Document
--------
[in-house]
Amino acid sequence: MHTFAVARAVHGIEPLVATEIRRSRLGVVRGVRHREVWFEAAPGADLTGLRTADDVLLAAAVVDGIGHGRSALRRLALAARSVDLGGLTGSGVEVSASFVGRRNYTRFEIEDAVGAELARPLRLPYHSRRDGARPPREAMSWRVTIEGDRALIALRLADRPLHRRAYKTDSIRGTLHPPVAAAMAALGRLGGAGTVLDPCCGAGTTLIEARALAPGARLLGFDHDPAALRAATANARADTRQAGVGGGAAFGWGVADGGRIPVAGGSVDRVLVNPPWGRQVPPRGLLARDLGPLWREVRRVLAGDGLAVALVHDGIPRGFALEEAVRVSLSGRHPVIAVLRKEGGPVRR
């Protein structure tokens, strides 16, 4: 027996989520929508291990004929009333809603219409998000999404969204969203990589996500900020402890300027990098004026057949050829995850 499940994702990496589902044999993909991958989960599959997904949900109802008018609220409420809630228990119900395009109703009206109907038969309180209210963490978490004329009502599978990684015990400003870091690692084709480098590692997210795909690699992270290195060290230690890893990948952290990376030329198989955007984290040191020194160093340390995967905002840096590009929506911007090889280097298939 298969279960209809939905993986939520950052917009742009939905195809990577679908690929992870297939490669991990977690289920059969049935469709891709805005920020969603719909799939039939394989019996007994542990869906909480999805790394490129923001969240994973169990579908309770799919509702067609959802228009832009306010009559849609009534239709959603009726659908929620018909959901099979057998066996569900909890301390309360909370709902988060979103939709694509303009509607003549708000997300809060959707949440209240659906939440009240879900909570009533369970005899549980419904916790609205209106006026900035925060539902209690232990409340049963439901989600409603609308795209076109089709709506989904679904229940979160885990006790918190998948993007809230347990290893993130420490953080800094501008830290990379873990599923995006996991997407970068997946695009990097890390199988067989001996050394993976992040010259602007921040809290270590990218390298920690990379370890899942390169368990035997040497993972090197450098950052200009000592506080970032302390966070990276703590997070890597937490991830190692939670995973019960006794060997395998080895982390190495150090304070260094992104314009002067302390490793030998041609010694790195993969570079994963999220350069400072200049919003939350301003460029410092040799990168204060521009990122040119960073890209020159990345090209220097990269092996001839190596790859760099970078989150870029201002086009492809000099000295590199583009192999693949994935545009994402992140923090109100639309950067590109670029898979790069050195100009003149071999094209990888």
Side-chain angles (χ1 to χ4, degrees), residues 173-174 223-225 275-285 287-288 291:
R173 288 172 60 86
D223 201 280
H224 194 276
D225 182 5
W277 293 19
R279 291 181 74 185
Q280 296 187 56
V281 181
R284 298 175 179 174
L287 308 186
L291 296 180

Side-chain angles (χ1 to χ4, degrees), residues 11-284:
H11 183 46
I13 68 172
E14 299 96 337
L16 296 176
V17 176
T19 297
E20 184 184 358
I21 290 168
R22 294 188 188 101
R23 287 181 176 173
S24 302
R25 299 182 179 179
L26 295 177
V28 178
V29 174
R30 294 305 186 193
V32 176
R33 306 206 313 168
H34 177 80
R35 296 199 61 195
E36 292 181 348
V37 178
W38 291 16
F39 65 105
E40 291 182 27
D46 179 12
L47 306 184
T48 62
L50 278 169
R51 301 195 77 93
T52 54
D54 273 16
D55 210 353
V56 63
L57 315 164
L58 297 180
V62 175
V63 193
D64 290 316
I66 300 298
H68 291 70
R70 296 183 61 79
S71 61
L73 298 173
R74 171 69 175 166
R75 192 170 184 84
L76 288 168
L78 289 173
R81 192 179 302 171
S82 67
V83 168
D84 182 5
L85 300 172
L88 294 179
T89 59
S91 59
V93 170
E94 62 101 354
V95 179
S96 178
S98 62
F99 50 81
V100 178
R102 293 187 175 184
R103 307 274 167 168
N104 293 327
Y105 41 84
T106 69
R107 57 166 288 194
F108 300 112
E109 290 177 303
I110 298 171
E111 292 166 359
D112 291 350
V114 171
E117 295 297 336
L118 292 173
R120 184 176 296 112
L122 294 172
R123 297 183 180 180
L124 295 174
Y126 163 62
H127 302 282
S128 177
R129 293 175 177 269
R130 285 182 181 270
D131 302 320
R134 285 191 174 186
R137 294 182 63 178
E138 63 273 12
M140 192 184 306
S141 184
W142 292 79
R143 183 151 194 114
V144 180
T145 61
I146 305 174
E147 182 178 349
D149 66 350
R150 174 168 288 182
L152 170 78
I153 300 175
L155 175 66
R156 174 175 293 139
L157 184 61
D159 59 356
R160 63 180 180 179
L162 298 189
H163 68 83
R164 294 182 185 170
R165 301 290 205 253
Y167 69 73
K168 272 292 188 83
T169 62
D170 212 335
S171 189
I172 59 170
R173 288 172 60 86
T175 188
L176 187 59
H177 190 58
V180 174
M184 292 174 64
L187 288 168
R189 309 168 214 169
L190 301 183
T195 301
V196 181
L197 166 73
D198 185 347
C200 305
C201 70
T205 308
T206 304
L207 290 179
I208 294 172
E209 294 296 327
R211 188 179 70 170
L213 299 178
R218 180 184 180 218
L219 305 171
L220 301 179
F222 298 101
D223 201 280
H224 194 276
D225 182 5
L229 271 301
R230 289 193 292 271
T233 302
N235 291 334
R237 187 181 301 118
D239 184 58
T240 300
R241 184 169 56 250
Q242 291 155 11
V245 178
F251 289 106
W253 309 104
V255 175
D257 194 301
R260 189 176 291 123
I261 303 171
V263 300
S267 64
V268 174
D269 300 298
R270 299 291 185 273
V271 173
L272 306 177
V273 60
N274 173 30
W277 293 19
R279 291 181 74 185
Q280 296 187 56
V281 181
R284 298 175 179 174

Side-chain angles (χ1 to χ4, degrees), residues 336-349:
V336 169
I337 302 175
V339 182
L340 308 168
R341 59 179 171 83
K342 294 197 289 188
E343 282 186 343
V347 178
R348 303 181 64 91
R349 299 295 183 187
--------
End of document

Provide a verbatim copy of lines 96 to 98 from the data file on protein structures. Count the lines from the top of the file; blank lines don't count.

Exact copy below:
R123 297 183 180 180
L124 295 174
Y126 163 62